They’re just putting the frighteners on.   PCO, by the way, stands for, Profit Center Online.  It’s really PWW and is in Utah at the same PWW address.


  1. Strangely( author ) :

    Nov 26, 2009 1:45 pm |

    See this website for a pretty good write-up of all the scammy goings on! Of particular interest, is the HUGE list that's been collated of scam sites, fake blogs, fake news sites etc!

  2. Not Kevin :

    Nov 26, 2009 3:10 am |

    I have not had time to read the (67 page!) pdf file of the lawsuit but has read through it and pointed out some interesting insights into how these scams operate – well worth a read:

  3. Strangely( author ) :

    Nov 26, 2009 2:19 am |

    @Not Kevin
    Thanks for that. It’ll have to wait for another time – I’m off to bed! 67 pages! Now that’s one for a REAL insomniac!

  4. Strangely( author ) :

    Nov 26, 2009 1:32 pm |

    @Not Kevin

    It's a bit of a marathon, isn't it? these legal ones are always like that.

    It seems to me that Willms signed up for a wodge of toothpaste off his own bat, and then changed the packaging and price to his own – or have I got the wrong end of the stick here?

    He then got all the returns to go back to the original toothpaste company who were then inundated with chargebacks!

    If this is so (and it's only their word as far as I can tell), IT DOES PROVE THAT CHARGEBACKS WORK!!!

    (This is in items #134 & #135).

    A really funny part is when the toothpaste maker, a former scammer, then lists all the various ways and methods that the scammers operate, as evidence for the nefarious Willms' acts. This is all the stuff we and others have copiously documented.

    I'm thinking teacher-pupil, pupil-teacher here!!!

    It's also that the toothpaste company now feels that their 'brand' is now besmirched by the scams and has a warehouse of stock they can't flog.

    My opinion on this is the Buddhist one of Cause and Effect. So THEY started the ball rolling on this one with their original scamming activities (i.e. they made the cause). THEY must take the consequences, because that's the effect. It's no good that they've suddenly decided to be legal because the consequences of their earlier actions are now to be played out.

    Hopefully (caution, bad joke alert), they don't move into Colon Cleansing because then the shit will really start to fly!

    Another interesting point is that the toothpaste company says it's been contacted by lawyers from multiple States on this one(item #153). This is good as it means that finally the whole US Gov apparatus will soon be brought to bear on these whole scammy businesses in general.

    I'm not sure of the case against the search engines though. The whole adwords/adsense business model is based upon an auction for word placement in the rankings, so as in any auction, people don't normally ask where you got the cash from, do they?

    The deep, deep irony is that Microsoft have to defend themselves in the same dock as Willms. Willms who had to pay at least $1m to Microsoft for selling forged Microsoft software, has now allegedly acted as he always does, but this time is selling fraudulent toothpaste.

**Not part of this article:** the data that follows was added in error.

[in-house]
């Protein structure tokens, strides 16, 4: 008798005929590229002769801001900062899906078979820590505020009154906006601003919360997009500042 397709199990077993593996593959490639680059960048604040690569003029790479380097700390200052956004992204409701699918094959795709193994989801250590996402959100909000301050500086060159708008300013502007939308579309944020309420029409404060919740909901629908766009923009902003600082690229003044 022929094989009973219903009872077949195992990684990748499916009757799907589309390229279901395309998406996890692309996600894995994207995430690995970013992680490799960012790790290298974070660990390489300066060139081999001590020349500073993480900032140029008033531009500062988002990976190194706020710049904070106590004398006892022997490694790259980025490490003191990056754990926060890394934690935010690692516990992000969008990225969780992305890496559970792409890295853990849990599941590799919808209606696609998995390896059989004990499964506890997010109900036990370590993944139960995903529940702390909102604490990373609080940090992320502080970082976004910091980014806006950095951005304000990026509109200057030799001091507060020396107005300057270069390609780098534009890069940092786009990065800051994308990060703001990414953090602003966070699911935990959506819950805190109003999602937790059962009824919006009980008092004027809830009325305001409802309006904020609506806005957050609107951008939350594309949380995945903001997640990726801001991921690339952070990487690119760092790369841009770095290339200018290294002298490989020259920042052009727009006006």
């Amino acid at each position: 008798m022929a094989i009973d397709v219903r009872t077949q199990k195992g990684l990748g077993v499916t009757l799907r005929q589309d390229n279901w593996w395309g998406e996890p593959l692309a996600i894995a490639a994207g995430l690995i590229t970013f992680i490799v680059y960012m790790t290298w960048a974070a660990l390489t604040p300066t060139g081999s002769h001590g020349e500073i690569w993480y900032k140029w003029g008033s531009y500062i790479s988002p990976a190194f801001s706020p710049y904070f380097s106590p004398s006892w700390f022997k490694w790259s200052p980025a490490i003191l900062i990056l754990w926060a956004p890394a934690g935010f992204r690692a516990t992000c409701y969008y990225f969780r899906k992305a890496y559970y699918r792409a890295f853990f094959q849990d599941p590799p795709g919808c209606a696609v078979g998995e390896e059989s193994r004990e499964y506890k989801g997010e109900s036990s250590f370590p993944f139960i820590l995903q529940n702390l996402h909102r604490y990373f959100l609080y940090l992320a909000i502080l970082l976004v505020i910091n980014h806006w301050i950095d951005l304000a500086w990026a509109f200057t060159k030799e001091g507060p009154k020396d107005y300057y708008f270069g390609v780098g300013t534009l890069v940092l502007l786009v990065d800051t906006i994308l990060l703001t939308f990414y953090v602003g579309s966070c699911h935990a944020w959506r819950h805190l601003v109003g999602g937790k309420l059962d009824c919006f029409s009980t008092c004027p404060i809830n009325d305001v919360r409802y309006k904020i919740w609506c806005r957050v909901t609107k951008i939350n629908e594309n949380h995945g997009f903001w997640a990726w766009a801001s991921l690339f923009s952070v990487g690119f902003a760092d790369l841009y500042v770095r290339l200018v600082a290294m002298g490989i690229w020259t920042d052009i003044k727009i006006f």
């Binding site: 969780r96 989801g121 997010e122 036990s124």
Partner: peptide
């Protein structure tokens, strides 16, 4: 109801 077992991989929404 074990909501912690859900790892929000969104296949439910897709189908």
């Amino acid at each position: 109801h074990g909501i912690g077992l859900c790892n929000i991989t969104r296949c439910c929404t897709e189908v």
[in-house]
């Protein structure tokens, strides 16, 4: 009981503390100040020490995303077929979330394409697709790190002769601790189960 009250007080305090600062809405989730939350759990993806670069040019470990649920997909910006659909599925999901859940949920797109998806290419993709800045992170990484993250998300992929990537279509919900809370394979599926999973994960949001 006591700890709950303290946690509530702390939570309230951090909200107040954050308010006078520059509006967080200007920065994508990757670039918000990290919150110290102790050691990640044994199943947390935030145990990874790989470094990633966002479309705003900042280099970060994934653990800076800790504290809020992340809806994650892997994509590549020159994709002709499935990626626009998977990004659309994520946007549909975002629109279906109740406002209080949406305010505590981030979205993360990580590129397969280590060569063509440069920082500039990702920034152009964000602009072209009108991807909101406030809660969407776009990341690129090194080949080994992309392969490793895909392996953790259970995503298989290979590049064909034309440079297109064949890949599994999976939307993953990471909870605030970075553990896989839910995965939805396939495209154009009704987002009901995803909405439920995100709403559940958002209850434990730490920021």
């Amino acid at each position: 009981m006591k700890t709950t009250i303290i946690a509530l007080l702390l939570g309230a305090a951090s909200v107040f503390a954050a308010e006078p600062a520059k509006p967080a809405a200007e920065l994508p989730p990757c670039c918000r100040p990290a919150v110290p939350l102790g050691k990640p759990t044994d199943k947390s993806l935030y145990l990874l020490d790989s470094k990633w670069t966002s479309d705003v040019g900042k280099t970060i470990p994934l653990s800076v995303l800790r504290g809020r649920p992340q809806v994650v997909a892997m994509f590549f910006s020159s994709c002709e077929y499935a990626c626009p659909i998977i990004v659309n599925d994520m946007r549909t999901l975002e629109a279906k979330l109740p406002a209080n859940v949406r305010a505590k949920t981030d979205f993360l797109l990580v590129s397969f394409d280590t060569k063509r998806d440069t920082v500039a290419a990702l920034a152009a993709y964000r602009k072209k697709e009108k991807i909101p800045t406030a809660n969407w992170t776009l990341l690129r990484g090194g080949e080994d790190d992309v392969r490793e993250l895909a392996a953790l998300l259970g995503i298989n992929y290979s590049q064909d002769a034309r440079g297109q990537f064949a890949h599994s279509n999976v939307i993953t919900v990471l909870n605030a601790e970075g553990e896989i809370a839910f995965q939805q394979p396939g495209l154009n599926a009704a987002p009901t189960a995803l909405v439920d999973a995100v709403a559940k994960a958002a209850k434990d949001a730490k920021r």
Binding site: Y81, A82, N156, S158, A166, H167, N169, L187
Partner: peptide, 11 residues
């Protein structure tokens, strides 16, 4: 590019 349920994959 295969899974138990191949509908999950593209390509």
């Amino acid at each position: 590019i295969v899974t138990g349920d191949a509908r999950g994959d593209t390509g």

As I keep saying, crooks tend to operate in a similar manner time after time after time. It's what they do, and is their Achilles Heel!

    This really IS an interesting development. Thanks for spotting it @Not Kevin – and go to bed earlier!!! Ha ha.

  5. Not Kevin :

    Nov 25, 2009 9:04 pm |

    Ex scammer sues current scammer? (plus Yahoo, Microsoft and Yahoo)

    More trouble in store for Jesse Willms and Just Think Media?

  6. Strangely( author ) :

    Nov 26, 2009 2:18 am |

    @Not Kevin


    Good find. It's a bit like poacher turned gamekeeper again, isn't it?

    I like the way the former-scammer is saying it's all Google's fault, and the other search engines. This is very much what we were all saying earlier this year as Google were taking the adwords cash and doing very little about allowing people to block them (although this had a lot to do with the cornucopia of websites, shifting and changing like the Utah desert sands).

    Now, it appears that Google are doing something about it, as we noticed earlier.

    What gets me is the whole delicious irony of it all… I mean, the former-toothpaste-scammer suing a new scammer for copyright and trademark infringement.

    And then suing the search engines for doing the ads that he himself invented or used?

    All we need now is for Jesse Willms to sue Microsoft for making software that let him be bad and the wheel will have come full circle!

  7. Strangely( author ) :

    Nov 25, 2009 4:15 pm |


    I never trust Barclays!

    When you said they advised you, which part of the bank did this?

    Remember, if at any time the company has broken ANY of their "promises" to you, as listed in THEIR T&Cs, instigate an immediate charge-back from your card company.

    You don't have to be unhappy with the product or anything.

    You don't actually have to agree with much of their T&Cs as they are plainly illegal and wouldn't stand up in court as they are tantamount to either slavery or usuary.

    As I see it, Barclays have told you to do the Returns part of the policy.

    All you need to know, is that the company hasn't obliged you and has failed in honouring it's own terms.